• The role of adipose tissue inflammation in the development of obesity and diabetes
• The link between inflammation [local and systemic] and insulin resistance
• The impact of inflammation on beta-cell function and insulin secretion
• The potential of anti-inflammatory agents as therapeutic interventions for diabetes and obesity
• The relationship between inflammation, gut microbiota, and metabolic health
• The role of exercise and dietary interventions in reducing inflammation and improving metabolic outcomes in individuals with diabetes and obesity.
Overall, inflammation is a crucial player in the pathogenesis of diabetes and obesity, and a better understanding of the mechanisms involved could potentially lead to the development of novel therapeutic interventions. This Article Collection aims to explore the role of inflammation in the pathogenesis of diabetes and obesity, with a focus on the latest research findings and potential therapeutic interventions. We invite original research articles, reviews, and perspectives that explore this complex relationship, and we hope that this Article Collection will contribute to the ongoing efforts to improve the prevention and treatment of these prevalent chronic diseases.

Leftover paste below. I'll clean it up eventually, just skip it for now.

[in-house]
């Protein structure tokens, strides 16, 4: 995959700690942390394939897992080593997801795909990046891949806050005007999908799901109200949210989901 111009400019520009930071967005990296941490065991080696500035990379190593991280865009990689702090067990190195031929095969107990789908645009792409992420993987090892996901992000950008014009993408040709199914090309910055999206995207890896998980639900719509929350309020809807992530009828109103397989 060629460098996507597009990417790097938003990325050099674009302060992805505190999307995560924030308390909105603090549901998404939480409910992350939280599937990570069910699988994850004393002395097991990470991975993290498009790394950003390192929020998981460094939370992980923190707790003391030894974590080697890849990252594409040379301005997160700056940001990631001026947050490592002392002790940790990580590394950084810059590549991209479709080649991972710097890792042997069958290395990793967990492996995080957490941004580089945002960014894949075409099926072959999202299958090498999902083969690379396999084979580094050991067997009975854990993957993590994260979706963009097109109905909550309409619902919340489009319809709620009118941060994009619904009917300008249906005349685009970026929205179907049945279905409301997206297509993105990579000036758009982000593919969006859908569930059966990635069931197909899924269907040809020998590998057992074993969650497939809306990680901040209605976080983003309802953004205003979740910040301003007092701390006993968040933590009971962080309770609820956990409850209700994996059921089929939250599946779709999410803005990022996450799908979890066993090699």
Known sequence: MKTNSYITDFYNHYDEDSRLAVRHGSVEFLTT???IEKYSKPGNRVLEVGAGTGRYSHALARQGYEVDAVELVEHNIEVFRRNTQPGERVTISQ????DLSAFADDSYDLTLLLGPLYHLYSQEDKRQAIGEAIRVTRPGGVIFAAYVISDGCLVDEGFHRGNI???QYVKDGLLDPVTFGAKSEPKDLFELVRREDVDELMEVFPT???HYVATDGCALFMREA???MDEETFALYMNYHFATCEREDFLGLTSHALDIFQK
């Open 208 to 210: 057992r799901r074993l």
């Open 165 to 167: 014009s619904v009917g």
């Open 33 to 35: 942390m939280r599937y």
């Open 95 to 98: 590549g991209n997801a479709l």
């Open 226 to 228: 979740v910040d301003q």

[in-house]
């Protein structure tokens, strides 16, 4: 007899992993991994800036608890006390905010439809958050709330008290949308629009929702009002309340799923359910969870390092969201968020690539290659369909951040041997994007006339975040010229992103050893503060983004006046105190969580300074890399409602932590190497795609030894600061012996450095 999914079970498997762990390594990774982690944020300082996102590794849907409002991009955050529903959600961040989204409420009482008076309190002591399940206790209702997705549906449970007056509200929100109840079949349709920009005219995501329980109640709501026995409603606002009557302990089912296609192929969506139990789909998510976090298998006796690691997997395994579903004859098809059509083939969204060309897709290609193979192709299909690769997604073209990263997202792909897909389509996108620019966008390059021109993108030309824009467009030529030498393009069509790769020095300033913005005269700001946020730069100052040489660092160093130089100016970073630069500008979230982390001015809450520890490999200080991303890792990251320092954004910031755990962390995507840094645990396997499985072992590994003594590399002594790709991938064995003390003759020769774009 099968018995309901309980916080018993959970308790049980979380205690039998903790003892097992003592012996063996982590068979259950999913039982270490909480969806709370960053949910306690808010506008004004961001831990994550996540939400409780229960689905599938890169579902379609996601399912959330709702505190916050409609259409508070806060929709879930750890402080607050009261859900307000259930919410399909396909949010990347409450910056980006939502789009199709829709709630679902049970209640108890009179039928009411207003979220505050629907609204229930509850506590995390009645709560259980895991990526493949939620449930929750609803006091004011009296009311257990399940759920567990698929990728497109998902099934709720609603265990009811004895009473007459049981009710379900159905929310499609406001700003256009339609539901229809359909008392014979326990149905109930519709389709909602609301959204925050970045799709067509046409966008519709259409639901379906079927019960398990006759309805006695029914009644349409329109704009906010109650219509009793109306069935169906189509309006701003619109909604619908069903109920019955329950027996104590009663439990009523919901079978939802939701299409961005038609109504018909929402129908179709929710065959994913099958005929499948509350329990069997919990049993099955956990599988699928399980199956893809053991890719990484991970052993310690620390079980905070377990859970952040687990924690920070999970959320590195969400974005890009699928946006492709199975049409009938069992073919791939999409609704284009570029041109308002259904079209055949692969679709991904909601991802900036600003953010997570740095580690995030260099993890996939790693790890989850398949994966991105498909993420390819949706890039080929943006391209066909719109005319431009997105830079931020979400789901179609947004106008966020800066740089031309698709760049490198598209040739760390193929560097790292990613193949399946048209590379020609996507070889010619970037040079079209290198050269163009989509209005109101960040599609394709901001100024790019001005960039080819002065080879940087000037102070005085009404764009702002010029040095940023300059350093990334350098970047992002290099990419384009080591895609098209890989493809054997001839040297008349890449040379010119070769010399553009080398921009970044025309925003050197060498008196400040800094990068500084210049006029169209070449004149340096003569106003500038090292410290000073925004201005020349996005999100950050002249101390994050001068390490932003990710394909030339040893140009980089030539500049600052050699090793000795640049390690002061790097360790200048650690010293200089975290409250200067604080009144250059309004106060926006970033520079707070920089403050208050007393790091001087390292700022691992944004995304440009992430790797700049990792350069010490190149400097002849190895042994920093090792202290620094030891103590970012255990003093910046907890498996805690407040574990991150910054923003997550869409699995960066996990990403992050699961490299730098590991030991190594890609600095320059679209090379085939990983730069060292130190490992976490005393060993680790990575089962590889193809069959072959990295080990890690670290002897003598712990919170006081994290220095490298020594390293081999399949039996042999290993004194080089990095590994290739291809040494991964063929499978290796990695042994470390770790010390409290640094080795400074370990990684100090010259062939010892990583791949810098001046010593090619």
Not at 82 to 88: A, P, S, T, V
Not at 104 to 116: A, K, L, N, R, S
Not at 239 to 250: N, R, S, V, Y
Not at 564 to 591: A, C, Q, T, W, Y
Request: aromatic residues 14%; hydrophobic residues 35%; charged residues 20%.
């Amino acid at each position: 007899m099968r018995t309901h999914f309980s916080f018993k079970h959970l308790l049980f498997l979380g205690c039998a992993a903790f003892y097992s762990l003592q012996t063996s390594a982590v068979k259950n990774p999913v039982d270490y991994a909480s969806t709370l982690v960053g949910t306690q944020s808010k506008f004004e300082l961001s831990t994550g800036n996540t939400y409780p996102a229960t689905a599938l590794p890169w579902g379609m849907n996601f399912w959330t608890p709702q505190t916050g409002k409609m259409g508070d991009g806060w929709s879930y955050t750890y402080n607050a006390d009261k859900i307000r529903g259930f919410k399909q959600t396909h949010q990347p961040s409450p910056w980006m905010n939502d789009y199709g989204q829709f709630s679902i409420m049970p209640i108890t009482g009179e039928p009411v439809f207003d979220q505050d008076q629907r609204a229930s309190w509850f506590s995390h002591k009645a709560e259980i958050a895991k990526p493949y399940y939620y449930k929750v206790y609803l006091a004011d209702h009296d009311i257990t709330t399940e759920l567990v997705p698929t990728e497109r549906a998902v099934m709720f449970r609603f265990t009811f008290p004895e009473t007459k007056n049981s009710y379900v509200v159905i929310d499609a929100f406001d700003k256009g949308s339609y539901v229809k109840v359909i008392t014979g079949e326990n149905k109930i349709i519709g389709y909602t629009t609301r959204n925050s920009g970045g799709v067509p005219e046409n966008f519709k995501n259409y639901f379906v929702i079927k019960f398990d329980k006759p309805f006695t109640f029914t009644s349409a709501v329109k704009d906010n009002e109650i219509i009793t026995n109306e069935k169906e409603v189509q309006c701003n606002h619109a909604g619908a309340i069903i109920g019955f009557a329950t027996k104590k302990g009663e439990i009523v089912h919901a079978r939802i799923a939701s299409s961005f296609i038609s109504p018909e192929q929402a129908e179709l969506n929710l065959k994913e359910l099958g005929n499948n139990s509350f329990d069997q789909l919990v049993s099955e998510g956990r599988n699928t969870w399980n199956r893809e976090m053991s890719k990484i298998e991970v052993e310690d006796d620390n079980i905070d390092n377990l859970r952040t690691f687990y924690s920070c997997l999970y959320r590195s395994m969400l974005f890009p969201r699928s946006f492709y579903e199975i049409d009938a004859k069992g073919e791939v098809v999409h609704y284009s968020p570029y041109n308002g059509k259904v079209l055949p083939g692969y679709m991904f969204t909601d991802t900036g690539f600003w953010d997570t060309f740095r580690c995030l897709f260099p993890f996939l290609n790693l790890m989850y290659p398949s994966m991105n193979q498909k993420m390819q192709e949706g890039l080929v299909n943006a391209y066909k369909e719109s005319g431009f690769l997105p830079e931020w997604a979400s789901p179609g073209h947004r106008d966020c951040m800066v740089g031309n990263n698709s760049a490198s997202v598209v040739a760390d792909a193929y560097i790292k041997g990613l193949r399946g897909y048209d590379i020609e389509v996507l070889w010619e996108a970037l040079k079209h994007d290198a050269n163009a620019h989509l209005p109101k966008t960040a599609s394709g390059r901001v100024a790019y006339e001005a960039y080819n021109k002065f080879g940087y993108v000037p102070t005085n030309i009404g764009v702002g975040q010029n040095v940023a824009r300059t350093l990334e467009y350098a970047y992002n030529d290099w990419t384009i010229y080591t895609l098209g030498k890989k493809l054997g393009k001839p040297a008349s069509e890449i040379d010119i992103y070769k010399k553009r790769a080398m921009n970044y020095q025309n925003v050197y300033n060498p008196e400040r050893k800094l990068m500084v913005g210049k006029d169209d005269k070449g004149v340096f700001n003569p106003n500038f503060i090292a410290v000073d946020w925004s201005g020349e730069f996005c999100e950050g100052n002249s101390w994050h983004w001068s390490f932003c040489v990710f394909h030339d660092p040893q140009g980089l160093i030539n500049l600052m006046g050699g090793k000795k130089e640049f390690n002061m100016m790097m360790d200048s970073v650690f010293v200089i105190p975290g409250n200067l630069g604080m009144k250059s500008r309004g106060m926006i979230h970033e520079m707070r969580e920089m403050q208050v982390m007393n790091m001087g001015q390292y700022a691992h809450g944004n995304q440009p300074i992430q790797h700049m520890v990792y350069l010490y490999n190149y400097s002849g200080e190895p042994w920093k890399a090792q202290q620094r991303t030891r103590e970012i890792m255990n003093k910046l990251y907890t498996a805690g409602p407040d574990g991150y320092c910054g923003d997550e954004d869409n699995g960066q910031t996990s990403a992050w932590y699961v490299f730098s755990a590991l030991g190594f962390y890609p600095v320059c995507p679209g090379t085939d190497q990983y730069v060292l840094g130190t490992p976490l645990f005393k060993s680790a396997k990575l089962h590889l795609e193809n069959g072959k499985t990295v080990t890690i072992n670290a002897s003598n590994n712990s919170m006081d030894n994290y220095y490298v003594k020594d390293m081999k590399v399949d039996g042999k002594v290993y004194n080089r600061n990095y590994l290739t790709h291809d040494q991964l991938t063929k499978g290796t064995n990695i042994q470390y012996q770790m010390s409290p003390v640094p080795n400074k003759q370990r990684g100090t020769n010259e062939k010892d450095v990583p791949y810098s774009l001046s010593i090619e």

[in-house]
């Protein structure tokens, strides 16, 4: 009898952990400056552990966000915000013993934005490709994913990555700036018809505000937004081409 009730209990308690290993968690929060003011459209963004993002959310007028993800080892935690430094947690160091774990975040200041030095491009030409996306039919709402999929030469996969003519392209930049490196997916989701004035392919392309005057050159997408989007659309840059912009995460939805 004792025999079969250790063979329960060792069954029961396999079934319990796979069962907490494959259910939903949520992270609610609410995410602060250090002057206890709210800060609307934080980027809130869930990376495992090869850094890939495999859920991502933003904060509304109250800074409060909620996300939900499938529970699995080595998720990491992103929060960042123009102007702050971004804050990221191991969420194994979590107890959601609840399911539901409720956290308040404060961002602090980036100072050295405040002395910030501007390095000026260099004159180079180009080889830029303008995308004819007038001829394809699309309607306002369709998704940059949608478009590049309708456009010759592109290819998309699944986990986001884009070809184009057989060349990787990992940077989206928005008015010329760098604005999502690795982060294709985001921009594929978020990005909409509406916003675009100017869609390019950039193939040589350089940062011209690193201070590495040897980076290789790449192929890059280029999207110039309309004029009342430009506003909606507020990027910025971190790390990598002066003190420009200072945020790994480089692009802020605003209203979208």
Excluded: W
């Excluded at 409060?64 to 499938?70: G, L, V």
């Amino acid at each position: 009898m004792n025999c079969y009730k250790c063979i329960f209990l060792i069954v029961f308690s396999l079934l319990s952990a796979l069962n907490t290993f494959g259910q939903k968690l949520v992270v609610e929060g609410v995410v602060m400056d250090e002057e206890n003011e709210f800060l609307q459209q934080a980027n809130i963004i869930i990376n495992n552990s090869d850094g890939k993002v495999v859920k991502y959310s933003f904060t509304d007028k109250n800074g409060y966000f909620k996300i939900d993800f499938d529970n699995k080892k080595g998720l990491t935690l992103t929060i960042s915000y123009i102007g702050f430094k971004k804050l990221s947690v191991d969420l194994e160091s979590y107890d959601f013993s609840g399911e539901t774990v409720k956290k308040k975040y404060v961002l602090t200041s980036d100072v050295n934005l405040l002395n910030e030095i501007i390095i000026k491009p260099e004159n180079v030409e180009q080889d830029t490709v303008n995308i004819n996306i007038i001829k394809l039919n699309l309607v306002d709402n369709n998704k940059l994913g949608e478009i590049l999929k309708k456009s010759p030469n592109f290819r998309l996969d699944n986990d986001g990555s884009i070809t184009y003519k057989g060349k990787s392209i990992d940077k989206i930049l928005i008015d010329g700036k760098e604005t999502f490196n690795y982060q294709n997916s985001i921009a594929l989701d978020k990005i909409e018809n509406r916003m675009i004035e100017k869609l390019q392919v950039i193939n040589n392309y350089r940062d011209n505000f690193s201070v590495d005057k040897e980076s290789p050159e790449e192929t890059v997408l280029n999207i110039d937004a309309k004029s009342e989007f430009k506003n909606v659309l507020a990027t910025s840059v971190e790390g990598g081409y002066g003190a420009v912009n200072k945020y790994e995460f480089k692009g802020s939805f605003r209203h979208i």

Please submit your manuscript on our website, quoting the promo code OBCZU to indicate that your submission is for consideration in this Article Collection.
Takayasu Arteritis: Insights Into Pathogenesis, Disease Assessment, Treatment, and Outcomes
Dove Medical Press is pleased to invite you to submit your research to an upcoming Article Collection on "Takayasu Arteritis: Insights Into Pathogenesis, Disease Assessment, Treatment, and Outcomes", in the Journal of Inflammation Research.
Takayasu arteritis (TAK) is a rare large vessel vasculitis (LVV). Although more common in Asia, TAK is diagnosed worldwide. The pathology of TAK is a granulomatous inflammation of the aorta and its major branches. Limited studies available from mostly Europe and North America have revealed an increased mortality risk with TAK relative to the general population.
Much remains to be understood about TAK. The assessment of disease activity is challenging. In many instances, TAK sets in insidiously. Patients with TAK might simply be diagnosed incidentally upon the detection of asymmetry of pulses or blood pressure. On the other hand, it can also present with prominent constitutional symptoms without pulse loss at the onset or can present with severe ischemic manifestations such as stroke, myocardial infarction, or vision loss. While the pathology is an inflammatory vasculitis, in many instances, traditional inflammatory markers such as C-reactive protein (CRP) are not elevated. In such instances, 18-F fluorodeoxyglucose PET can identify active TAK even in the absence of CRP elevation. Of late, novel PET ligands such as SST2R and FAPI have been explored as denoting macrophage infiltration or fibroblast activation in the arterial wall.